Regular stocktakes serve several purposes and for us revealed one occasion that vodka had high losses compared to sales. Our CCTV system showed that the morning keyholder helped herself to a half-pint of vodka each morning when she opened up.

Paying particular attention to how rubbish and recycling is handled can prevent an easy method of smuggling goods outside the business. What looks like innocent emptying of bins can easily hide stock being removed from the premises.

Are the staff able to support the transformation of the business?

It is easy to place the blame on the current staff when a business is in crisis. They may not appear to be safe, compliant or interested in the success of the business. Yet, this is probably more a reflection on leadership than the inherent character of the staff.

In my business, it required observation and experience to see the hidden impact of drug and alcohol abuse and the danger this posed. We enacted compromise agreements with a couple of managers to ensure the integrity of the business going forward. Acting quickly on this threat enables you to work more effectively with the remaining staff.

However, when you terminate leaders, lock doors and bring in changes, the staff are naturally very concerned. Any change can convince people to leave if they have alternatives. Open, honest and regular communication with each employee is crucial and will eventually bring an understanding and motivation to the culture. An increase in professionalism will be welcomed by the valuable staff members.

Where is the cash in the business that I find and use quickly?

In my last blog post, I detailed the eight deadly wastes. One of the easiest to address is inventory. Inventory is cash which is tied up and you cannot immediately use. You can often generate quick cash by focussing on reducing inventory.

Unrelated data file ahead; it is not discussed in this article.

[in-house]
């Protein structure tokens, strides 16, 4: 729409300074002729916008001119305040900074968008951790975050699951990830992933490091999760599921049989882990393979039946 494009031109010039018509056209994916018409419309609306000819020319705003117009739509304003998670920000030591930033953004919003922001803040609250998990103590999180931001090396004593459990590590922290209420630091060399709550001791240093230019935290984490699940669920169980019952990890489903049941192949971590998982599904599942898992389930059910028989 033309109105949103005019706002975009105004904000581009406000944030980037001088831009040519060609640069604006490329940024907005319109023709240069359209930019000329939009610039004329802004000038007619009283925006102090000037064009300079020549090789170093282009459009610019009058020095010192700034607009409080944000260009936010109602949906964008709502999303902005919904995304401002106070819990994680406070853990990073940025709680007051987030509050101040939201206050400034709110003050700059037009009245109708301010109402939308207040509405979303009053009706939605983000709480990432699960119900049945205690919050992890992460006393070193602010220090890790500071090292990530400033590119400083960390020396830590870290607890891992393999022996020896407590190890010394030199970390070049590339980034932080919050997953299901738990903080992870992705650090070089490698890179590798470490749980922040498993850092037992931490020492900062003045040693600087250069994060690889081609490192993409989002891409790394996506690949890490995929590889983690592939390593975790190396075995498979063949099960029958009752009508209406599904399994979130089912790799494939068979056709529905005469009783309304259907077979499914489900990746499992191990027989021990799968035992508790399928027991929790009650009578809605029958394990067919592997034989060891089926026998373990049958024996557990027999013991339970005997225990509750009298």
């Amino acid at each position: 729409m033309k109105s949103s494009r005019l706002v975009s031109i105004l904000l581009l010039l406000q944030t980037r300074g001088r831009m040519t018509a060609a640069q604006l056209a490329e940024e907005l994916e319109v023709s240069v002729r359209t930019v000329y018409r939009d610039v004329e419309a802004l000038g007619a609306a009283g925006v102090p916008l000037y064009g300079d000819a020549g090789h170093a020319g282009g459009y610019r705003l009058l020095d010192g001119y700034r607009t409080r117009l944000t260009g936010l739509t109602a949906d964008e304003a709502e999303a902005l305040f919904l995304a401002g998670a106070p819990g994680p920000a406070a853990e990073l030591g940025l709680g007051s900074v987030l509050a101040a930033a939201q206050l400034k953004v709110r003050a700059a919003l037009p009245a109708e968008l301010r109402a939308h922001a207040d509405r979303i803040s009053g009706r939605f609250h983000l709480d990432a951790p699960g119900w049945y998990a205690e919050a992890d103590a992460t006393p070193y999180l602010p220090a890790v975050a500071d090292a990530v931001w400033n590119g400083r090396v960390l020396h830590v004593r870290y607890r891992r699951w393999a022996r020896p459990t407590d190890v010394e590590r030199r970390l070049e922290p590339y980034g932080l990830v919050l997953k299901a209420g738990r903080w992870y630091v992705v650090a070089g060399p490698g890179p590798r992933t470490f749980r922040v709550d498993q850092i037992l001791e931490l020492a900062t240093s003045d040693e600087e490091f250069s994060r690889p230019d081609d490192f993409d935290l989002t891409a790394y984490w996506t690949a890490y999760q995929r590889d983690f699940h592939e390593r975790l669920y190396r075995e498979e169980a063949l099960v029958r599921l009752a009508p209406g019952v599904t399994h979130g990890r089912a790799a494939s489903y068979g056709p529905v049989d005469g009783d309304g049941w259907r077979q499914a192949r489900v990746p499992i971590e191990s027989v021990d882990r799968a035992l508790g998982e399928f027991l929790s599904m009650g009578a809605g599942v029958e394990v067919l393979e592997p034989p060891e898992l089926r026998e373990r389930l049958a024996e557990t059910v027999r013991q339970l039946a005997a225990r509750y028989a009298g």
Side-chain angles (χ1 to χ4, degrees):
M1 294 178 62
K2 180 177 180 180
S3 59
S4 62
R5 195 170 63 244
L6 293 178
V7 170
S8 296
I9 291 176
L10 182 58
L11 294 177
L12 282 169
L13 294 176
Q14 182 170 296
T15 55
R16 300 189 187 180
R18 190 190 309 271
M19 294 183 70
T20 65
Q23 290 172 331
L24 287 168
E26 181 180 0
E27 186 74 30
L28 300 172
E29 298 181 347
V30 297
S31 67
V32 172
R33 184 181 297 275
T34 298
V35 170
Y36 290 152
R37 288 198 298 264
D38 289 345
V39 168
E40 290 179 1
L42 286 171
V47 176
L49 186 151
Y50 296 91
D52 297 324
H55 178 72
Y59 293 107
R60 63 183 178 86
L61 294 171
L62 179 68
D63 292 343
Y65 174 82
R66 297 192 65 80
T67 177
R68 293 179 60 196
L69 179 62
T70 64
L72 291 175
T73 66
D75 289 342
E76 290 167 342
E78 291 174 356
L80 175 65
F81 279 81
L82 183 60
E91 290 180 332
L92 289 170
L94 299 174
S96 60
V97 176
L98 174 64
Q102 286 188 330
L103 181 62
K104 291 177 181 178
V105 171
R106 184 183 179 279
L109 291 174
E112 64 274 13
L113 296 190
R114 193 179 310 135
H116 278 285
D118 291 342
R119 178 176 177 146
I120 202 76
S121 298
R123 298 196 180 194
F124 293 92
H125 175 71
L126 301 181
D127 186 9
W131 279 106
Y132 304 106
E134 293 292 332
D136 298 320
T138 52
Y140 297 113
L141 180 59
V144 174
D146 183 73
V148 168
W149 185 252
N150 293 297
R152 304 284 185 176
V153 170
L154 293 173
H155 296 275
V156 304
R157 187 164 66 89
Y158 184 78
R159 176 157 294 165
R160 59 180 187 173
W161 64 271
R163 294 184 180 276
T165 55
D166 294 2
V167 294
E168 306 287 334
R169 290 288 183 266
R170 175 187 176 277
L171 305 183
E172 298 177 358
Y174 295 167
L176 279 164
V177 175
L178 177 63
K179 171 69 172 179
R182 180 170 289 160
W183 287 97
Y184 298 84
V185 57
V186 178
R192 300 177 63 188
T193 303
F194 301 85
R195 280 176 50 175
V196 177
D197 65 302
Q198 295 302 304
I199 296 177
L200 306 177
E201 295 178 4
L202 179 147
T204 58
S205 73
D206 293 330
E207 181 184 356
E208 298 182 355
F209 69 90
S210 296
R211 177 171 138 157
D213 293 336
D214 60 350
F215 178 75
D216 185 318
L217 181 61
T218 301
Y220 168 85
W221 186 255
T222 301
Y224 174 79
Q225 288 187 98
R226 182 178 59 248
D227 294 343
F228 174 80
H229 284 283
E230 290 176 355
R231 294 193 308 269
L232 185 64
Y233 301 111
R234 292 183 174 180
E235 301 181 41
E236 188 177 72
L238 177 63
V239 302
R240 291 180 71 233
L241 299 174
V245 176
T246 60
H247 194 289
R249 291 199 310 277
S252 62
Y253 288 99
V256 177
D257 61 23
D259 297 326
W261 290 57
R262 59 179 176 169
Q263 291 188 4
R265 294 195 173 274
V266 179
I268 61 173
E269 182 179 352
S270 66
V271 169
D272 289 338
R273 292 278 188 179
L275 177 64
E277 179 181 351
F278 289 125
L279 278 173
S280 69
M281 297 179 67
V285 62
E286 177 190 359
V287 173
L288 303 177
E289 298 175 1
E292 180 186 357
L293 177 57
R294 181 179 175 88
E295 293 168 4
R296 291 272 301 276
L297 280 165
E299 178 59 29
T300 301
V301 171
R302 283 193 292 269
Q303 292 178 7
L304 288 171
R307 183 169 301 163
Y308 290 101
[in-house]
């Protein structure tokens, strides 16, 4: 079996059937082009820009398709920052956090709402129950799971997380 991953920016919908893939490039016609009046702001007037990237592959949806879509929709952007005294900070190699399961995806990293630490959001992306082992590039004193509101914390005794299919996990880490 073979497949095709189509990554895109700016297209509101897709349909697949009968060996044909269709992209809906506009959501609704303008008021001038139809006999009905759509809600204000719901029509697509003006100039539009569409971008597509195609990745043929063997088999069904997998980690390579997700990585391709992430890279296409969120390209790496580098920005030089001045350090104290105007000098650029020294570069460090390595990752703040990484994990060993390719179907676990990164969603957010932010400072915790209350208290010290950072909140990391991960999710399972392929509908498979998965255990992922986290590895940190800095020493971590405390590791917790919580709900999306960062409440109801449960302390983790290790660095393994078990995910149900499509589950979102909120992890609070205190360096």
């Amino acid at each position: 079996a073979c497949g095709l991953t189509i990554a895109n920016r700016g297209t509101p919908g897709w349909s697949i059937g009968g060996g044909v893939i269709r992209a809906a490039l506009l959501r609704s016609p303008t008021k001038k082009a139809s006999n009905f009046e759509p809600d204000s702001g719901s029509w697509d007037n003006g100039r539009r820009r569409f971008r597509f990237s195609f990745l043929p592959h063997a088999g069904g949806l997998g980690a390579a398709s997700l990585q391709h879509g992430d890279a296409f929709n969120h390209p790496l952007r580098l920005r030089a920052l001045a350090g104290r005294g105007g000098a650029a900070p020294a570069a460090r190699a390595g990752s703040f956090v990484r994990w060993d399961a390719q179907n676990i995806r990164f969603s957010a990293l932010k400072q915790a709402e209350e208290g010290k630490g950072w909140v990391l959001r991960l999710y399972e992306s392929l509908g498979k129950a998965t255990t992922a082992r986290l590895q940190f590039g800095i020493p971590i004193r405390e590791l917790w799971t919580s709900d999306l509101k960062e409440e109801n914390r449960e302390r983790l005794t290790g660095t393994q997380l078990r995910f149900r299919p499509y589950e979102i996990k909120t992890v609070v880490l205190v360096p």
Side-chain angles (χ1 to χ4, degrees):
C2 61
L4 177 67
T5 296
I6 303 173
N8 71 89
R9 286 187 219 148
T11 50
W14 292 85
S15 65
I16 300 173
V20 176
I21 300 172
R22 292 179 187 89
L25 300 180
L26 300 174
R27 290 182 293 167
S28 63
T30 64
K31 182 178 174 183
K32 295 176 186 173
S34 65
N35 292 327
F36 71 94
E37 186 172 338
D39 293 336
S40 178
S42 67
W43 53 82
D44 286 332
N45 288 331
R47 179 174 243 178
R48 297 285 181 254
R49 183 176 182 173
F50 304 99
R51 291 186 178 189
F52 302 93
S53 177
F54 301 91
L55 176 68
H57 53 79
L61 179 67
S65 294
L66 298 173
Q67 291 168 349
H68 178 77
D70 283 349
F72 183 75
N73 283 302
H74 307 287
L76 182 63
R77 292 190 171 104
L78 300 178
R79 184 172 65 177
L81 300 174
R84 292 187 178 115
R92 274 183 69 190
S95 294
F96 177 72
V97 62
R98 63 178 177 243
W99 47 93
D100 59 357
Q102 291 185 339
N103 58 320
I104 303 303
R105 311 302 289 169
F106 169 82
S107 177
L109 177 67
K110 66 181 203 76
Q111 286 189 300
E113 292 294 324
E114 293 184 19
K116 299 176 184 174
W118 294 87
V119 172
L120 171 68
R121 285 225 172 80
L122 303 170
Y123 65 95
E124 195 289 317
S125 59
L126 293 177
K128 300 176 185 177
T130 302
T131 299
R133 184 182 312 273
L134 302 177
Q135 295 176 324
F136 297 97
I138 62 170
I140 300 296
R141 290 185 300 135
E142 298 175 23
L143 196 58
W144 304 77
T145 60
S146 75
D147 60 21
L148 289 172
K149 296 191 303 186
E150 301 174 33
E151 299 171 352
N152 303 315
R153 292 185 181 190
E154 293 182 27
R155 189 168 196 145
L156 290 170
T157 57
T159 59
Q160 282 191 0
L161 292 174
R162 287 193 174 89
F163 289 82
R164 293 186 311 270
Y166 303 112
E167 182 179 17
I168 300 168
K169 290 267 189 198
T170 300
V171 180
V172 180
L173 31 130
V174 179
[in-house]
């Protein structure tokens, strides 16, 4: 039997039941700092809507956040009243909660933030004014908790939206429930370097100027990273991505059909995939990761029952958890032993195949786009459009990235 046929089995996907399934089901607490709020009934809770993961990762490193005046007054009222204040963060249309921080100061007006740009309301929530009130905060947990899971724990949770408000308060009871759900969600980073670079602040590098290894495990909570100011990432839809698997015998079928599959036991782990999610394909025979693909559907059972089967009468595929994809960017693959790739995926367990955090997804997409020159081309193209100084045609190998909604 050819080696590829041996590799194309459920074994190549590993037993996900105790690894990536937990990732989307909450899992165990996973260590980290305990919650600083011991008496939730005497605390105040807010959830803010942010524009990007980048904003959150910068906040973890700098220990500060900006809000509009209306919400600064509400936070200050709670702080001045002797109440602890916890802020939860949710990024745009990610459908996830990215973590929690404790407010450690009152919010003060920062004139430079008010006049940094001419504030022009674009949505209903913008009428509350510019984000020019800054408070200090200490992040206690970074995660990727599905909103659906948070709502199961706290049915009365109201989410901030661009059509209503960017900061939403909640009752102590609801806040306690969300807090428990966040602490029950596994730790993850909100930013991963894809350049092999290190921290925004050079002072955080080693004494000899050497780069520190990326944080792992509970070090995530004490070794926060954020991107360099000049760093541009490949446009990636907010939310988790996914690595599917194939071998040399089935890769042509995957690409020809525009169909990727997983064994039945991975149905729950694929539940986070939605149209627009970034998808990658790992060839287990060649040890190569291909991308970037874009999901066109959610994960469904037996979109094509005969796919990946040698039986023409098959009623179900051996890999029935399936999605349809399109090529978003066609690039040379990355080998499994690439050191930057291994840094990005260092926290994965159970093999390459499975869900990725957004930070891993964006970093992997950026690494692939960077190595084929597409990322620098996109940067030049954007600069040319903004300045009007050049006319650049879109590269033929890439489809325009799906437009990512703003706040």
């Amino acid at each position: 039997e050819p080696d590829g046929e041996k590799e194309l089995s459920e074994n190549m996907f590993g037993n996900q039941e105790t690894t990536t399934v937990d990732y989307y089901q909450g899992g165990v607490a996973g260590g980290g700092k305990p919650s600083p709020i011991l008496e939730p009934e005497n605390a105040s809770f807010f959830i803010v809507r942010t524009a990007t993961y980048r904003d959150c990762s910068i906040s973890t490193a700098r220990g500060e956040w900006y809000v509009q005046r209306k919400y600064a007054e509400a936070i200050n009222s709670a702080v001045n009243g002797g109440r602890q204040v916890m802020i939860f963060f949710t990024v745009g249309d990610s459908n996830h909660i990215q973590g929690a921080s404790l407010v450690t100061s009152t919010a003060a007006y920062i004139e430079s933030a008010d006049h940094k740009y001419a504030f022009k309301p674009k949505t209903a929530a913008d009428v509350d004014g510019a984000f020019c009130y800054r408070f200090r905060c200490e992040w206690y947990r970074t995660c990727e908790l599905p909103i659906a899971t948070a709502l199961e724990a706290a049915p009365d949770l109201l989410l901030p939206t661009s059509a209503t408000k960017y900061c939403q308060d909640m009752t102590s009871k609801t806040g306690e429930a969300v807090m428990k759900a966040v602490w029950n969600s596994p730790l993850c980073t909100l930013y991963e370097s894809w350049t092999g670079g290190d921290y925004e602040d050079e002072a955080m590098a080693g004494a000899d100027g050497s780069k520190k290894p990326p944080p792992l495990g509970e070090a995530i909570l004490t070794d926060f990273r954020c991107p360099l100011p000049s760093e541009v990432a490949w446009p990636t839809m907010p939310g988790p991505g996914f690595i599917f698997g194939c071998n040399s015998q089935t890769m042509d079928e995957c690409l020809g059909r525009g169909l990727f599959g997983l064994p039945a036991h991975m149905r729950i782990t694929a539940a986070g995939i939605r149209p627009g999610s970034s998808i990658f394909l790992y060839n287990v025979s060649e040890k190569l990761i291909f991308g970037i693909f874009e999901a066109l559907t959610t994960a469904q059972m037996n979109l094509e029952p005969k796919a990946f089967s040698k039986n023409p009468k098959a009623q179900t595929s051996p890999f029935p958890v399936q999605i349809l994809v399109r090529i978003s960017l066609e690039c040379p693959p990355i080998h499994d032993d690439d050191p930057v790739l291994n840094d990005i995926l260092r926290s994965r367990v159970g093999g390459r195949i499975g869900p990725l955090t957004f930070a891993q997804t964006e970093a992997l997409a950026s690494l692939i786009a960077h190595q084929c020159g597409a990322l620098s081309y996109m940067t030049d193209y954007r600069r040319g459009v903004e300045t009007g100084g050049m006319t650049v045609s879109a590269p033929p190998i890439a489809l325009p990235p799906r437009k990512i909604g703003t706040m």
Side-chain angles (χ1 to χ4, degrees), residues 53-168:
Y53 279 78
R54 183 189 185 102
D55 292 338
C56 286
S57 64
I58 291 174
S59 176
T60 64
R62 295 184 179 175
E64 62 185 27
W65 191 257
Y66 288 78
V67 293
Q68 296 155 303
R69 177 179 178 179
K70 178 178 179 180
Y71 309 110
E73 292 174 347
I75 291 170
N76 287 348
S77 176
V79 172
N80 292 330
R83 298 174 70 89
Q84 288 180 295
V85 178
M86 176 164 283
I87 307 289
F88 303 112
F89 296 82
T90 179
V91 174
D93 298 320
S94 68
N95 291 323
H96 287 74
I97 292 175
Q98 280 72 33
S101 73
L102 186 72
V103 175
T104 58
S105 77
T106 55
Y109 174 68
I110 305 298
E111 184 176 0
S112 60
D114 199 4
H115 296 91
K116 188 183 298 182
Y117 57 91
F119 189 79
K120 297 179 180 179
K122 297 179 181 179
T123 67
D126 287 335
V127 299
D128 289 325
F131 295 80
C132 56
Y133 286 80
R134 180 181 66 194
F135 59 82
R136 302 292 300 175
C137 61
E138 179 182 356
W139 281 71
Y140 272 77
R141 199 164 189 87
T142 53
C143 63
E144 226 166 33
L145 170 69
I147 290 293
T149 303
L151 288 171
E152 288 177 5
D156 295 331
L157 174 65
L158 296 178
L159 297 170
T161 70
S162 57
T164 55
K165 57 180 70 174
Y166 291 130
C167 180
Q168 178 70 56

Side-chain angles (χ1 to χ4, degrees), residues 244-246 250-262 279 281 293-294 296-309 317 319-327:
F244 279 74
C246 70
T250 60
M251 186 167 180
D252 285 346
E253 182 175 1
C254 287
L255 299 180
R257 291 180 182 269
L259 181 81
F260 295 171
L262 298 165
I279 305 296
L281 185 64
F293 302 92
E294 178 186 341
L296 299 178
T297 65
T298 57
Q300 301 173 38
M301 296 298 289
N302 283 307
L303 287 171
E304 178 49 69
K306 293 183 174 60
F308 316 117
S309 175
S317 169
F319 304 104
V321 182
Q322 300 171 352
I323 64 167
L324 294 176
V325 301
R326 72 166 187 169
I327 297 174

In my business, there were many freezers distributed around the back-of-house. After the stocktake on day one, I tasked the chefs with using up this inventory. As the frozen food was sold, we removed excess freezers so they could not be used again. I implemented tighter ordering procedures to further reduce waste. Also, the less inventory there is, the less opportunity there is for waste and theft.

Particularly in hotels, the debtors’ ledger is another place to find cash. Although my hotel was under trading before we acquired it, one company occupied many of the rooms each week. My predecessors were concerned that if they chased the debts too aggressively, they would lose the client. In my first conversation with the company's financial controller, they were relieved that they were dealing with a new professionalism and agreed to bring their payments up to date. There were other debtors on the books who responded well to polite but persistent chasing and they soon became accustomed to paying on time.

The flip side of this was to pay our invoices as late as terms would allow. Some hotel/restaurant suppliers are happy to accept cash on delivery. Although this can be difficult to change in a financial crisis, it is my opinion that this should stop as soon as possible. Cash should be in the bank. Constant and professional communication to reassure suppliers is critical to achieving extended terms as they understand that the business will trade more successfully in the future.

Finally, I looked for all opportunities to reduce costs. I ranked our expenses, starting with the highest which was unsurprisingly staff costs. There were simply too many employees. Addressing this issue is tough but essential. This is where experience really counts. Disciplined scheduling based upon the forecasted business and reconciled to the time and attendance system delivered significant cost reductions.

With the right mindset, you begin to see opportunities everywhere in the business to generate cash. The way you fill your bedrooms, how you clean, your training and what you outsource all have a major effect.


This is a high-level overview of some of many quick hits to stabilise a business in crisis. There are a lot of other key areas to focus on. We go into businesses in crisis with a detailed check-list of key items to accomplish right away to secure the business and maximise value for all stakeholders.

Once the business becomes more stable, the next step is to create the vision and a plan for the business transformation of the hotel or restaurant. Key questions to consider are “is the property being prepared for sale?” “do the owners/managers wish to restructure and turnaround?” “Is it a plain old cost reduction which is required?” “Is the product right for the market?” Asking these questions is where you begin the journey of transformation.

In my next blog post, I will discuss frameworks for business transformation in hospitality.